A 34-day-old baby in Connecticut died from parechovirus in June, according to published reports. And a CDC report highlighted a cluster of 23 previously healthy infants between the ages of 5 days and 3 months who were admitted to a Tennessee children’s hospital with parechovirus between April 12 and May 24. While 21 of those children recovered without complications, the report said one was being evaluated for possible hearing loss, and another experienced persistent seizures.

“Babies less than 28 days old are more susceptible to any type of virus,” said Dr. Chantal Bruno, pediatric critical care attending physician at NYU Langone Hospital-Long Island, who helped care for Jaxon during his stay. “Their immune systems are not as robust, and it puts them at more risk of developing serious infection.”

Dr. Joseph Stambouly, chief of the pediatric intensive care unit at the hospital, said that when there is an infection in the lining of the brain, depending on how the virus goes through the rest of the patient’s organs, the result can be mild or potentially life-threatening.

“If it wasn’t for the timely and appropriate care he received over that first day or two, Jaxon would have been in a lot worse shape,” Stambouly said. “The parents did a wonderful job of picking up early that something was not right, and they sought out medical care right away.”

Jaxon Martin gets a kiss from his sister Ava at...

Jaxon Martin gets a kiss from his sister Ava at their Mineola home on June 30. Credit: Courtesy of Kelly and Rob Martin

Kelly and Rob Martin, both 34, were home with Jaxon and their 2-year-old daughter Ava on July 1 when they noticed something wasn’t right with their son.

“He wasn’t eating, he wouldn’t take his bottle,” Rob Martin said. A few hours later, Jaxon had a fever. Knowing a fever in a child that young could be dangerous, they rushed him to the emergency room at NYU Langone-Long Island in Mineola.

Doctors did tests, including a spinal tap, and found Jaxon had viral meningitis. They estimated Jaxon would need to spend at least the next 48 hours in the hospital.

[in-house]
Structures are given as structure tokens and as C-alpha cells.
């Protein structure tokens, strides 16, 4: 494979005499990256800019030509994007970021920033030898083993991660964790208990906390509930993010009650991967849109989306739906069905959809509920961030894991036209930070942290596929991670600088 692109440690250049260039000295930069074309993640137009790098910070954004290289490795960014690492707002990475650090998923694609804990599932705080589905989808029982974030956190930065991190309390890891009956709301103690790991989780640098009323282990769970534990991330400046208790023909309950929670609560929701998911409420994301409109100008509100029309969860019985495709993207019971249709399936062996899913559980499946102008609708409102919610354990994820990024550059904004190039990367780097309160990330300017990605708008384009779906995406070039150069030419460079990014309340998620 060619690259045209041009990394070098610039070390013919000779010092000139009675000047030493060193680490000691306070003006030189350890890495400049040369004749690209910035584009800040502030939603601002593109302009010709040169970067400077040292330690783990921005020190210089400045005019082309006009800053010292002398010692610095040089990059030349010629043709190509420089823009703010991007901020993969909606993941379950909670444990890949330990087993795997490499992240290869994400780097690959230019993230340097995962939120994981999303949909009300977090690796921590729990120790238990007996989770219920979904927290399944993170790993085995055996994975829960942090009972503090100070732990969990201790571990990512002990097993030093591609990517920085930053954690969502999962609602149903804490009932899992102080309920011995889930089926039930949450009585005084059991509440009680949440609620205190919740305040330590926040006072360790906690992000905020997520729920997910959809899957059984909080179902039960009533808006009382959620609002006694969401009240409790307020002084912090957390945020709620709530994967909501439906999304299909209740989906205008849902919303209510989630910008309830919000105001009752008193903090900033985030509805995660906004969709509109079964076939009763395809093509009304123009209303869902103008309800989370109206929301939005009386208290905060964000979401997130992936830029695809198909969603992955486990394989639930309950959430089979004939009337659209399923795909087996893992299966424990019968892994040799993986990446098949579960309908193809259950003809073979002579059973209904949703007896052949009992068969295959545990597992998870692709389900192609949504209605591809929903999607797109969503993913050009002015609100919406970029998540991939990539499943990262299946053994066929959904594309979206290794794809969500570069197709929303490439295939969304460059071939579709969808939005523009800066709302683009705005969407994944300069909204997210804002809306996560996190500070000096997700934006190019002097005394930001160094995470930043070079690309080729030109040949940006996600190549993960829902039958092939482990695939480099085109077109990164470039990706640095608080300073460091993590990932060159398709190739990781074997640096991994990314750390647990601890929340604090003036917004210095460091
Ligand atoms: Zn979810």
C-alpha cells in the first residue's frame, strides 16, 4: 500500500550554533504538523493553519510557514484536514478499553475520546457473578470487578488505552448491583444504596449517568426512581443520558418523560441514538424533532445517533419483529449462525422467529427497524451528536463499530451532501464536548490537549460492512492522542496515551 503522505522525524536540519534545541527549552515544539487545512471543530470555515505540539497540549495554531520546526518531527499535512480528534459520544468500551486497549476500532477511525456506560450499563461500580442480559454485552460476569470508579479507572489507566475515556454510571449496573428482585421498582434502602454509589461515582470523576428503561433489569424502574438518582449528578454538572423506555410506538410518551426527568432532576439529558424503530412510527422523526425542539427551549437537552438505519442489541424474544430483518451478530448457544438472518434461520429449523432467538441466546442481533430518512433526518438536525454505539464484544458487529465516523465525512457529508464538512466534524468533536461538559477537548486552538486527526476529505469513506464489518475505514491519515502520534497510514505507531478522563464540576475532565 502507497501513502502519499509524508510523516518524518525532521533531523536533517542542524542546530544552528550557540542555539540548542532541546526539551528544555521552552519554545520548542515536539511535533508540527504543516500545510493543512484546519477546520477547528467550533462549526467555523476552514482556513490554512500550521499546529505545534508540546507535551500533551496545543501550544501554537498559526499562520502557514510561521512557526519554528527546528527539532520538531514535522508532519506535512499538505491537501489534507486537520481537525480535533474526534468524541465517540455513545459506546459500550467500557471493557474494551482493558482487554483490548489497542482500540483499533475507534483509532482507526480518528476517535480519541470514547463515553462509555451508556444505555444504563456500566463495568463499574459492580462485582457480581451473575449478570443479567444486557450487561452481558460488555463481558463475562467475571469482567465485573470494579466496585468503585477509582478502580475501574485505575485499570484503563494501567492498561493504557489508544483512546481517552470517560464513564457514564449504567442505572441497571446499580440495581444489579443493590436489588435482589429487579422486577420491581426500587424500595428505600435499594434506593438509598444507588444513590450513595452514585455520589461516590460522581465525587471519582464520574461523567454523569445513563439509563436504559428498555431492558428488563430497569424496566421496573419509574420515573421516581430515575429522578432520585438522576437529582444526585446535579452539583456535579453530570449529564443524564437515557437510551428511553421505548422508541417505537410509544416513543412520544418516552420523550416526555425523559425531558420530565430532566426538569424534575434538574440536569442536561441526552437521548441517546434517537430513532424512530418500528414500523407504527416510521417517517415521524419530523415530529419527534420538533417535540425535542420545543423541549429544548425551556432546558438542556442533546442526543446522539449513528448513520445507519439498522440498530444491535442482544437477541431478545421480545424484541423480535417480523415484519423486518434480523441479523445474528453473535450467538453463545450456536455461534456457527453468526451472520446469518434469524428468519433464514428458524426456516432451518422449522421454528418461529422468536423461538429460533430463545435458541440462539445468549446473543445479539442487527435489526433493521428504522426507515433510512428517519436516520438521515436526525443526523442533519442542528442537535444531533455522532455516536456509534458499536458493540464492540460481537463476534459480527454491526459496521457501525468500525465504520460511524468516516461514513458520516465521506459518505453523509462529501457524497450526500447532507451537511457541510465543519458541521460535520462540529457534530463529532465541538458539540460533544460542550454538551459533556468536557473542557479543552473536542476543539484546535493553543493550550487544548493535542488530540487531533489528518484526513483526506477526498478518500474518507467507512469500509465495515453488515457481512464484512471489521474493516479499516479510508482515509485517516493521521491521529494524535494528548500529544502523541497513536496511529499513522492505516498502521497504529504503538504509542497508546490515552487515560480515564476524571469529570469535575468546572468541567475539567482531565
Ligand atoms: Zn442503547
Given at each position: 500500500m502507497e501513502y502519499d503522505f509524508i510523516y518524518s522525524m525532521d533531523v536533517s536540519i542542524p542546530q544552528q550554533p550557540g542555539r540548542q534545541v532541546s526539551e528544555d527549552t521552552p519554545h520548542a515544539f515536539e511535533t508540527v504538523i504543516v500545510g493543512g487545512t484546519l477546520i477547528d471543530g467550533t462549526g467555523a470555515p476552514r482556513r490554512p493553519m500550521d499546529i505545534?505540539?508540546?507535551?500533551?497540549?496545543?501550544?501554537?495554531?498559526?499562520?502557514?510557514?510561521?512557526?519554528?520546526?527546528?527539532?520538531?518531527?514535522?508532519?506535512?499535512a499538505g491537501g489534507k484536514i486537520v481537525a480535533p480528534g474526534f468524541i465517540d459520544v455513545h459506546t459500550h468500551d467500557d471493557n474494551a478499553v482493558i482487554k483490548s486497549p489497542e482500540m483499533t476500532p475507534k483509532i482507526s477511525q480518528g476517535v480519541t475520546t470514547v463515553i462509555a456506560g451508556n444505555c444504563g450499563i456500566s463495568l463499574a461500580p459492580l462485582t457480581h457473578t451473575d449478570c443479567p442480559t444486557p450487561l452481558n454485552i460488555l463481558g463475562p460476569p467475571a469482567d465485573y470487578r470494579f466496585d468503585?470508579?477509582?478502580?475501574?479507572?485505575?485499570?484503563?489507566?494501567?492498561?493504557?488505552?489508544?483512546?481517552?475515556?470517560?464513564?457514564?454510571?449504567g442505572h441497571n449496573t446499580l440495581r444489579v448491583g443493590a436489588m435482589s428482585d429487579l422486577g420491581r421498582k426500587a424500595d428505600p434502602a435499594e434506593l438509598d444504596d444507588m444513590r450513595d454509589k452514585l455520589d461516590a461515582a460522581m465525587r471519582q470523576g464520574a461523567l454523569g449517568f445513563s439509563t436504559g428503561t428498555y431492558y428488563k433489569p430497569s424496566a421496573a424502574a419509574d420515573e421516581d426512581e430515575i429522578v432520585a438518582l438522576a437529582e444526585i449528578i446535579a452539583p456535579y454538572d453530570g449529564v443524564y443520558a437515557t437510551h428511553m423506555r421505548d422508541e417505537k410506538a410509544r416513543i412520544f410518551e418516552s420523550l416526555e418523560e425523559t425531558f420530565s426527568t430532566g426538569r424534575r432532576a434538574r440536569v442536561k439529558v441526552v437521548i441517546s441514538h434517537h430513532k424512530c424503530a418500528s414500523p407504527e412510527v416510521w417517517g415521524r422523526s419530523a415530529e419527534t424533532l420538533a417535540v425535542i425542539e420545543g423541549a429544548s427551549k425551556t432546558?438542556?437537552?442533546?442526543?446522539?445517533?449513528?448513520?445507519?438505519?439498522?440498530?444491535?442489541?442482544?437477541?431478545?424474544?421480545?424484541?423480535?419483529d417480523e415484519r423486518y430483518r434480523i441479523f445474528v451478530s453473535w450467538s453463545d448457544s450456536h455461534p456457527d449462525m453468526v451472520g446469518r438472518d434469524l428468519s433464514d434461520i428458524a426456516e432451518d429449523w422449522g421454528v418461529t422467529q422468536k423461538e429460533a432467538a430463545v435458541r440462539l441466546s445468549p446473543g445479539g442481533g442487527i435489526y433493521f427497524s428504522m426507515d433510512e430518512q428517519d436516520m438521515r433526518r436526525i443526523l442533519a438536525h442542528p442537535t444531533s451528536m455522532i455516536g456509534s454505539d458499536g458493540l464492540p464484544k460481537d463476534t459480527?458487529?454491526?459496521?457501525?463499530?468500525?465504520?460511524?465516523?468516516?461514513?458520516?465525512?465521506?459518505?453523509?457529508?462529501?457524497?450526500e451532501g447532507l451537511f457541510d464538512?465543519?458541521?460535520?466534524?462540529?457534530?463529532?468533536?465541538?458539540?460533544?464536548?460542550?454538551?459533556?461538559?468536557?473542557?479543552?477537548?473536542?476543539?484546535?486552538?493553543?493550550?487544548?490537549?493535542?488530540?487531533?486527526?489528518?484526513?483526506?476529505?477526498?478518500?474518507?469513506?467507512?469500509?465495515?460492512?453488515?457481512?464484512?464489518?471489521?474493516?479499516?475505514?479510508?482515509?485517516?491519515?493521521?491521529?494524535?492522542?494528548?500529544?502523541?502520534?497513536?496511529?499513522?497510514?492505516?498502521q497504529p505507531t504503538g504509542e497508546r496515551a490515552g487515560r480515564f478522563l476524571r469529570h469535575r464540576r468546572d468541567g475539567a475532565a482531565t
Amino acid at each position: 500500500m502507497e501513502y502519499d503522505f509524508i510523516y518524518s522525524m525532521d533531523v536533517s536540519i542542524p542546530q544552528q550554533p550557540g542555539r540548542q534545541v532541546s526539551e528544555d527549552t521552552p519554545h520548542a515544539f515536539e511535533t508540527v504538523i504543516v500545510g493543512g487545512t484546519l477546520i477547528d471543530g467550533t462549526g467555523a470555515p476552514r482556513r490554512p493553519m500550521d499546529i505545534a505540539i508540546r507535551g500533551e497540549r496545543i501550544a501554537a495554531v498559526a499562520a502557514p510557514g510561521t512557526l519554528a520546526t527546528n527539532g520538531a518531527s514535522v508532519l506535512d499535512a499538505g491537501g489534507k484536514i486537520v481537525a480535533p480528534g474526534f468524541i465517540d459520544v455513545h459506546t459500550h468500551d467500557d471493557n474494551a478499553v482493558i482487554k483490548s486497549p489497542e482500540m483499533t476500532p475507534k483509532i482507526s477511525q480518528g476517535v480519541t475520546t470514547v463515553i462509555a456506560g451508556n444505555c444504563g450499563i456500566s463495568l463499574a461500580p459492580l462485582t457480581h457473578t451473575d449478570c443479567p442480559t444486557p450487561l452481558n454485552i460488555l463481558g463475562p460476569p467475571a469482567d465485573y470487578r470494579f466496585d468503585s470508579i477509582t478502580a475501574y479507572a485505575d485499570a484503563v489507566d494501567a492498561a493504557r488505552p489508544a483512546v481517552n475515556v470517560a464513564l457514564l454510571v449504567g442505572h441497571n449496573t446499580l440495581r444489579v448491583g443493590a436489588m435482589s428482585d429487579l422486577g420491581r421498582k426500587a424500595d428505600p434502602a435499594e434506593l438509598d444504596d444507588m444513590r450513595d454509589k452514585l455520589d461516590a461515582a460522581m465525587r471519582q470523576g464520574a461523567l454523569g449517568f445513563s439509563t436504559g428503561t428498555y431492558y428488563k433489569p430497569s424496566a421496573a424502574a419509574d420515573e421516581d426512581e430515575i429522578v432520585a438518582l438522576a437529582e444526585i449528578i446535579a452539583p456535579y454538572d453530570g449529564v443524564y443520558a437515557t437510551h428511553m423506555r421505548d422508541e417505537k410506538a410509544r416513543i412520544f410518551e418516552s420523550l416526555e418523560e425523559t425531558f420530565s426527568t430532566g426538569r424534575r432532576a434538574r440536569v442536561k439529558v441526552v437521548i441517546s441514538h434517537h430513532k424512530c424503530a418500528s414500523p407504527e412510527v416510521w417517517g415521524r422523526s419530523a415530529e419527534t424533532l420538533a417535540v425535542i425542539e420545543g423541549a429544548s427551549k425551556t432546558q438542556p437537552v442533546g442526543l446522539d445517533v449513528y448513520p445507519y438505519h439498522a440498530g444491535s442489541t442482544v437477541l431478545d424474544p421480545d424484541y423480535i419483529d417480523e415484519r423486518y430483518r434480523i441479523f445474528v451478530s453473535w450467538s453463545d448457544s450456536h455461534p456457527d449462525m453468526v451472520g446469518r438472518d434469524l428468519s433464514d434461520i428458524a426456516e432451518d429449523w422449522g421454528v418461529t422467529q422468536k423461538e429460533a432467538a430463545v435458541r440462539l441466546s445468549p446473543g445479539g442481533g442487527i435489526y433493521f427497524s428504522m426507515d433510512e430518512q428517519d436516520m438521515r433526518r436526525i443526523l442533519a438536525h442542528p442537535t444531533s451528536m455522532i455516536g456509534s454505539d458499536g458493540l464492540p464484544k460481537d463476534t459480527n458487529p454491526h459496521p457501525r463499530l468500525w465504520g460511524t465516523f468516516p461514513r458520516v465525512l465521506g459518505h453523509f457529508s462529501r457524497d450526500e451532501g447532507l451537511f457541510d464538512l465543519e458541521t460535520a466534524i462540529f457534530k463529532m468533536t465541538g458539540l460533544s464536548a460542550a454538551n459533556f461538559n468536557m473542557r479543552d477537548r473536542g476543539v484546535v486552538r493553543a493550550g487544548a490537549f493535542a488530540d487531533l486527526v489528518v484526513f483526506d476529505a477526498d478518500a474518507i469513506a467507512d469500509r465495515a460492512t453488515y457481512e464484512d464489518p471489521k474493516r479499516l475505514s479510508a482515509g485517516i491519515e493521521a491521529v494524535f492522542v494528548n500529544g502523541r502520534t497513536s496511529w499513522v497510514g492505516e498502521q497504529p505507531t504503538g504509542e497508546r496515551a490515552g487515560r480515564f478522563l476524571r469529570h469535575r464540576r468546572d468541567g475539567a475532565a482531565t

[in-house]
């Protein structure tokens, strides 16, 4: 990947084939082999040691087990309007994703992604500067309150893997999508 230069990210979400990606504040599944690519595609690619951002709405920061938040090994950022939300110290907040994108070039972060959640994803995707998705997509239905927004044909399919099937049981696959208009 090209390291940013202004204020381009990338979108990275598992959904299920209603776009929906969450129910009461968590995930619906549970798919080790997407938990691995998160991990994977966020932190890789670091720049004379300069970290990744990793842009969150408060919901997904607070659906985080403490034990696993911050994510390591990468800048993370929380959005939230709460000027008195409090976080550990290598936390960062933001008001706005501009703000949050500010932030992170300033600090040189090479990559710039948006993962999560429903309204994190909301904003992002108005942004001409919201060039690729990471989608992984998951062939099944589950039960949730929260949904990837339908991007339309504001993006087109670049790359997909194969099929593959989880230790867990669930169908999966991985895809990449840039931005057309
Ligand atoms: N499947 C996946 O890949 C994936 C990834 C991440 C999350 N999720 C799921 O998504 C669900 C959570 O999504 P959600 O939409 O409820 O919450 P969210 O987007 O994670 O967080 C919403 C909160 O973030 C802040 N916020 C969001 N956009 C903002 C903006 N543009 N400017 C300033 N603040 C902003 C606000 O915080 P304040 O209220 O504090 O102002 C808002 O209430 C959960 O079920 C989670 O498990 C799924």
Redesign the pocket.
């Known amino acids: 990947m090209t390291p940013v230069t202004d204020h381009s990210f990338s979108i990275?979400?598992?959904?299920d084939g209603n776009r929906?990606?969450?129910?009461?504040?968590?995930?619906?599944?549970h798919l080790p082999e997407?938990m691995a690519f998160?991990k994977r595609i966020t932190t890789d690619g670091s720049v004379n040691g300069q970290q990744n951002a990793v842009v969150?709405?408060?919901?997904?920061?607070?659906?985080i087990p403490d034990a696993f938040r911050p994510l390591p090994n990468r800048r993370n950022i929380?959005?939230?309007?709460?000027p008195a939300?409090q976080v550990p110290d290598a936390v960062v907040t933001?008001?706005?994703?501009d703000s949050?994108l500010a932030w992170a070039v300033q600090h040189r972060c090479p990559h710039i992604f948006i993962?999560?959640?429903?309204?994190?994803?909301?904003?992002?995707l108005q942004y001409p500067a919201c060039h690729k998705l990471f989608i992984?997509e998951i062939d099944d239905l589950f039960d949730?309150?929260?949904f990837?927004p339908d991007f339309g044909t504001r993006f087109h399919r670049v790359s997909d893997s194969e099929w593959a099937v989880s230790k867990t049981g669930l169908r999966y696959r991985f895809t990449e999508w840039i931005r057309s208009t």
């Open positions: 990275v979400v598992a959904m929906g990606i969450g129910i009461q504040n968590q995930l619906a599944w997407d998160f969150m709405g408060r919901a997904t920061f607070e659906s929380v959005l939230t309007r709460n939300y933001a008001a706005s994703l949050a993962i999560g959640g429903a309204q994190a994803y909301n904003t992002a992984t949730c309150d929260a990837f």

Kelly ran home quickly to pack a bag, only to receive a call from the hospital saying Jaxon was struggling to breathe and they had to intubate him. Their bright-faced little boy was now sedated and on a breathing tube in the pediatric intensive care unit.

“He looked like a ghost,” Kelly said. “Rob and I were completely broken.”

Bruno explained to them that the viral meningitis was impacting Jaxon’s central nervous system, which controls everything from breathing to heart rate and even digesting food.

“Because he had such a serious infection, he wasn’t able to adequately breathe, maintain his blood pressure or heart rate on his own,” Bruno said.

While doctors and nurses adjusted Jaxon’s medicines in an effort to stabilize him, they encouraged the Martins to speak to him, even though he was sedated.

“They said he could hear us, so we would talk to him, touch his hand, pray over him,” Kelly said.

About six days later, they walked into his room to a heartening sight, a nurse holding Jaxon. His breathing tube had been removed and he was awake.

“That was the first time I had tears of joy,” Kelly said. “He was very tired, but you could see that sparkle in his eye. He was so happy to see us.”

The CDC said there is currently no "systematic surveillance" for parechovirus in the United States, so it's unclear how many children are infected each year. Stambouly pointed out that viral screening panels — used to test patients for a series of viruses — now include parechovirus. The CDC said that could mean there is a higher number of diagnoses.

The Martins said they were grateful for the care Jaxon received and hope their story encourages other parents to follow their gut instinct if they think something is wrong with their child.

Jaxon had to undergo physical therapy to counter the impact of being in a hospital bed for 10 days, but is back home and back on track developmentally, the Martins said. After being removed from the breathing tube, he aspirated while taking a bottle, so he eats thickened oatmeal, a meal he appears to enjoy.

He will continue to be evaluated for any long-term issues, but his current prognosis is good, doctors said.

“He is just the happiest baby,” Kelly said. “We look at him and we see the boy that we took home.”

Latest videos